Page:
We’re not saying that we have to use female artists for every song that we might use, but can we make sure that there’s fair representation of female directors and producers of music? That we really do our part, that we hire and mentor girls and women, that we create opportunities for them? The goal is to help all of the brands that utilize music and have a stake in the music industry to join this initiative with us and help impact change.
You’ve been with Citi for a number of years before your current role. Have you seen shifts in the way that both Citi and financial services more broadly speak to women in marketing?
Absolutely. This change is exciting to me because it’s become harder and harder for marketers like me to make work that really resonates. This work that Citi — and brands like P&G and AT&T and others — are working on is really a creative way into the marketplace. It’s helping us capture consumers’ attention. It’s difficult for us all to break through, so to be more focused on who that target audience is and how we’re making work that resonates and cuts through and captures attention, is incredibly important. Women play such an enormous role in that. That’s a change that we’ve been watching for, I’d say, the last 12 to 18 months. I think it’s becoming a watershed moment right now.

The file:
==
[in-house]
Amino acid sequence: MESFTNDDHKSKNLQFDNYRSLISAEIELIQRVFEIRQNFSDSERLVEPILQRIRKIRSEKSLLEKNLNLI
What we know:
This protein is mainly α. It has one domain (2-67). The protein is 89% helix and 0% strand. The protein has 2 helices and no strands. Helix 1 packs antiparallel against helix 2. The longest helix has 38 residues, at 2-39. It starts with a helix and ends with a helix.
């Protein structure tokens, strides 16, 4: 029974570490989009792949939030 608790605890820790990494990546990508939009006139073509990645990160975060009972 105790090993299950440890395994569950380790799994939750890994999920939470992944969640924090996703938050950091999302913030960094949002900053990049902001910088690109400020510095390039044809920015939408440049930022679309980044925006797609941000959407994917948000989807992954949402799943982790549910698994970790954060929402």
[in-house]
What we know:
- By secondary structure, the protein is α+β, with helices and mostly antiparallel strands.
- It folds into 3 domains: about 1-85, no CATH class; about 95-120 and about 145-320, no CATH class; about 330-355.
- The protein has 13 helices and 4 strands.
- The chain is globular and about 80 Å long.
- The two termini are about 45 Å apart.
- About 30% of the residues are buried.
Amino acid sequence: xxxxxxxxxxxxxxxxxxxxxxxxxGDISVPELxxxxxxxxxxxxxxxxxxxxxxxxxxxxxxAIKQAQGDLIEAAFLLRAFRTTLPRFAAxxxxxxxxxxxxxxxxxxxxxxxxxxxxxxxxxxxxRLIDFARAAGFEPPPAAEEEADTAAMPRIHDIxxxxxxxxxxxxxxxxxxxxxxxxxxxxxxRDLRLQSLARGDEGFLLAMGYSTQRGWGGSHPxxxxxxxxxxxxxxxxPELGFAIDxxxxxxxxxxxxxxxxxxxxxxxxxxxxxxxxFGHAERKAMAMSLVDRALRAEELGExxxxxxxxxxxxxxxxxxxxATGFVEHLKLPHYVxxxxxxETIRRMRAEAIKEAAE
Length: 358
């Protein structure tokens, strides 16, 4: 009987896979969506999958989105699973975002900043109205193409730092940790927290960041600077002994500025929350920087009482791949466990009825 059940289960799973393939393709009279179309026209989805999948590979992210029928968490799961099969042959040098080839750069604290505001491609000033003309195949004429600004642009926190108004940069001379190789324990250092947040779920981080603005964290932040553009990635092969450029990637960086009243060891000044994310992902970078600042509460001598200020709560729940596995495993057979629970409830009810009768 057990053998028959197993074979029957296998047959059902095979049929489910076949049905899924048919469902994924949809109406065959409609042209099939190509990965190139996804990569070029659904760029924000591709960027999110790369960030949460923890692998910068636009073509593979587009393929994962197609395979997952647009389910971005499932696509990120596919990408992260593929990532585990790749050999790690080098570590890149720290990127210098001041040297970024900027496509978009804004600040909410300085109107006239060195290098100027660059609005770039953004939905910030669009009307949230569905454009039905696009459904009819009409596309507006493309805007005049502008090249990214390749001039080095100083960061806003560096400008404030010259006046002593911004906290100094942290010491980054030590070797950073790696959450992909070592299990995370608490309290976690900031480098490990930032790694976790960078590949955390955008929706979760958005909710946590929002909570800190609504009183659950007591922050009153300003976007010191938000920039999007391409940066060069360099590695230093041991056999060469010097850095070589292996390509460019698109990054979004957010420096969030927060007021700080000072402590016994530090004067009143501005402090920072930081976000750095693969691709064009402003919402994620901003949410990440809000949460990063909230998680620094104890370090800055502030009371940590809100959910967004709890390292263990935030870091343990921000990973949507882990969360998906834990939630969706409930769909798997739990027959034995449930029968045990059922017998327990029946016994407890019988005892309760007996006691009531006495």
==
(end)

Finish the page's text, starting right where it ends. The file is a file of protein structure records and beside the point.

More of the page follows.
But now, as a brand that’s so invested in music, we’re going to help drive growth and progress for women and girls in entertainment.
Are there specific campaigns or pieces of work that reflect this?
It’s a small example, but we were shooting some commercials about two weeks after the bootcamp, and in one of the storylines we had a mother picking up a child at a soccer practice, driving a minivan. And from just taking a look at it, stopping and looking at the storyboards, the group said, “This doesn’t feel right. Why can’t this be dad picking up the child? Or, mom but not in minivan. Why is mom always in a minivan?” So, even small changes like that really signal that there’s been an overnight change in how we depict women and girls in our advertising.
What do you think are current best practices for marketers in financial services trying to speak to a female audience?
I think it starts at home. If we really want gender equality to be a priority, in financial services or elsewhere, it starts with the people who work on our advertising and marketing. To say to them, “You’re the people who are showing the world how we want to portray women and girls.” It’s remarkable how a small mind-set change can make such a big impact in the world.